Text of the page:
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Video (screencast): Games, Puzzles, "Contests"

The big difference in game design is between games with human opposition, and games without – two or more players versus one player. I briefly discuss the difference between games, puzzles, and "contests".

Here is the text of the slides.  Obviosly, I say much more in the video.

Games versus Puzzles versus “Contests”

As said early in this course, the big difference in game design is between games with human opposition, and games without – two or more players versus one player (or “one and a half”, person and computer)
Uncertainty and unpredictability
Almost always a part of games with human opposition
Rarely a part of games without human opposition

Pure puzzles have always-correct solutions
There may be more than one, but each one is always correct
There’s always a “perfect move”
And once you’ve solved it, you’ve “beaten the game” and don’t play any more
Pure games never have always-correct solutions to the whole game
Though there may be occasions when there’s just one “best move”
You can play a 4 to 5 hour game 500 times and still enjoy it
When you can “speed run” through a video game, it’s usually because it’s puzzle-like, though it may not be a pure one
When you solve it, you “beat the game”

In a puzzle, the creator provides the challenge through the game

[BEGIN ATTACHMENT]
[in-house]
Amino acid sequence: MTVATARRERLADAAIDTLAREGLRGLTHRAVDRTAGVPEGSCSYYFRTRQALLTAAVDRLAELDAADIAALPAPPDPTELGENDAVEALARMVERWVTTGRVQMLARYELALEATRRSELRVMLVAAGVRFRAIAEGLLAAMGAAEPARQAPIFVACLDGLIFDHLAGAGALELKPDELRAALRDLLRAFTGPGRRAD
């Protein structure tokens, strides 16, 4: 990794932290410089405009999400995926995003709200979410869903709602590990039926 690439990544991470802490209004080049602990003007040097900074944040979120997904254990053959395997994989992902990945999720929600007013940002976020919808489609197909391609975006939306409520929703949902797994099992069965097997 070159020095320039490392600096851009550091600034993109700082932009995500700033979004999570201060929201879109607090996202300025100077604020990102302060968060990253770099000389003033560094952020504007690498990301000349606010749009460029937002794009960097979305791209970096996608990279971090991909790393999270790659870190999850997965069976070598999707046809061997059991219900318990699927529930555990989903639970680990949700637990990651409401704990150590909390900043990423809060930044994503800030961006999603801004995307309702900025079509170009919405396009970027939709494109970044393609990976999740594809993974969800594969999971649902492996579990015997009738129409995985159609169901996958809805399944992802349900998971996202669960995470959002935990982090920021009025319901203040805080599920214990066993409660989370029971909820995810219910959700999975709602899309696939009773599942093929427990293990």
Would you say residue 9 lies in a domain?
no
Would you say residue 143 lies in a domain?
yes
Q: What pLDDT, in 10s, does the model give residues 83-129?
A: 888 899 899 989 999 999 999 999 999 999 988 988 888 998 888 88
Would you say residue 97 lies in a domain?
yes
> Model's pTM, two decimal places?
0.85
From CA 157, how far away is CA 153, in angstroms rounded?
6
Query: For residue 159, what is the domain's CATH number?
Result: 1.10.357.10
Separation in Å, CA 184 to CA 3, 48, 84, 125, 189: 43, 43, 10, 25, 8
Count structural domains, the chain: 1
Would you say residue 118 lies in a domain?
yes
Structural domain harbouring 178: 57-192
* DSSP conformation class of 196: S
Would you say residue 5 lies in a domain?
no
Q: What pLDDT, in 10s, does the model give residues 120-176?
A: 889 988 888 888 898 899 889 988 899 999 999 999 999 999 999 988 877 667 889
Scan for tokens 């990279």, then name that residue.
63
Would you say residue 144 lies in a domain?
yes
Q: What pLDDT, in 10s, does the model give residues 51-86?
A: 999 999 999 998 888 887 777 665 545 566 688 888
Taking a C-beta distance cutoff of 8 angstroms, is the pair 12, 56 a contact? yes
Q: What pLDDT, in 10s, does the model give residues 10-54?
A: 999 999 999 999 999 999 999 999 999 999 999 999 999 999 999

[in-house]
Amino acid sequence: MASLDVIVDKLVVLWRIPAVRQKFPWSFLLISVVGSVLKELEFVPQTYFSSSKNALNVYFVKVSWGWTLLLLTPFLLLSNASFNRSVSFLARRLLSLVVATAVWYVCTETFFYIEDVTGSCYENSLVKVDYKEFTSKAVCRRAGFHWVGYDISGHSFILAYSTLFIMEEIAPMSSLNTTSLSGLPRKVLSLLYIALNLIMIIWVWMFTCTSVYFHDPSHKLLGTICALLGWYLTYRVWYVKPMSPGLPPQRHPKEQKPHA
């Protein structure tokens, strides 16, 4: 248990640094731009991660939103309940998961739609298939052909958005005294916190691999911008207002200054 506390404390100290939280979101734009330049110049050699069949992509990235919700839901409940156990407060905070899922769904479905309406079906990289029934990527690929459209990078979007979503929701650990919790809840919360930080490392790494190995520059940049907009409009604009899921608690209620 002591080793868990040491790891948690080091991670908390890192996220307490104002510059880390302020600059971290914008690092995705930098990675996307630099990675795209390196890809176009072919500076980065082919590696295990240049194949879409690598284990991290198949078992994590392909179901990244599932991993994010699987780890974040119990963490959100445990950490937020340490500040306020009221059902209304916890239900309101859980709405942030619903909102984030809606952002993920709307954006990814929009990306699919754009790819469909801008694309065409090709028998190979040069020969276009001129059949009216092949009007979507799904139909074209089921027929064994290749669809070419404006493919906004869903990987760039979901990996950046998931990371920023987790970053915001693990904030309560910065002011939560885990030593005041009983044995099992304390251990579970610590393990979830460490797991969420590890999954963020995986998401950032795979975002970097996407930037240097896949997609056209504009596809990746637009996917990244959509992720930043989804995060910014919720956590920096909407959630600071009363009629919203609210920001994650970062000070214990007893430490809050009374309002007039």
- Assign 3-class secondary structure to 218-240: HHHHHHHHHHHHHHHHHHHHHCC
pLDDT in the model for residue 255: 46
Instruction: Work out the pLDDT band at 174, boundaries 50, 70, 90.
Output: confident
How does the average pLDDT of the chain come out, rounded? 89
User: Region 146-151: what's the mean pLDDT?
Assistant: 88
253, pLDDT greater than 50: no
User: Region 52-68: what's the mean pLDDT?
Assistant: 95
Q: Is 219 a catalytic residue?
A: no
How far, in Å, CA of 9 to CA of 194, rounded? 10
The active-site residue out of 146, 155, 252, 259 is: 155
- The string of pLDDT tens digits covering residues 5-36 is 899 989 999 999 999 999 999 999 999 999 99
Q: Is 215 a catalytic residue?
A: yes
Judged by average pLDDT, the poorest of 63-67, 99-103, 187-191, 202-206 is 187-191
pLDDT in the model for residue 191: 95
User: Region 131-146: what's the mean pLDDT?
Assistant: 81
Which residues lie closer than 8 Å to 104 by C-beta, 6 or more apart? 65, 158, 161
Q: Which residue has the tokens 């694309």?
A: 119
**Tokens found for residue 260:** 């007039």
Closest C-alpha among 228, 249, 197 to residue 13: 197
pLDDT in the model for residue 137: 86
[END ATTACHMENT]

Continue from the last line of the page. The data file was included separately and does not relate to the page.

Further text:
You cannot lose to a puzzle, though you may give up
In a game, the creator arranges ways for human opposition to provide the challenge
But the presence of humans means the “content” is never exhausted
Replayability is the opposite of “I beat the game”
This means there are winners and losers
Co-operative games (all players against the system) are usually puzzles

Parallel competition, competitors cannot  directly influence one another’s performance
Many Olympic sports such as diving, traditional speed skating, figure skating, traditional downhill
Any activity that can be measured in some way can be turned into a contest
Typing speed
Throwing distance
Hot-dog eating!

Contests versus races
Parallel competitions can be conducted sequentially (figure skating) or simultaneously (marathons, swimming)
Some races are contests, some aren’t quite
E.g. auto racing, a driver can block another from passing, or (NASCAR) tap his rear end to get him out of the way – not a pure contest
Description of a game as “Multiplayer solitaire” is a reference to a contest.

A Huge Topic . . .
I could talk for an hour about this (draft of 8,000+ words)
In your game design, keep an eye on where the challenges are coming from, how players can affect one another, and on replayability (which pure puzzles entirely lack)

This is an excerpt, one of 160+ videos, from "Learning Game Design", a 12-14 hour audiovisual course available online.

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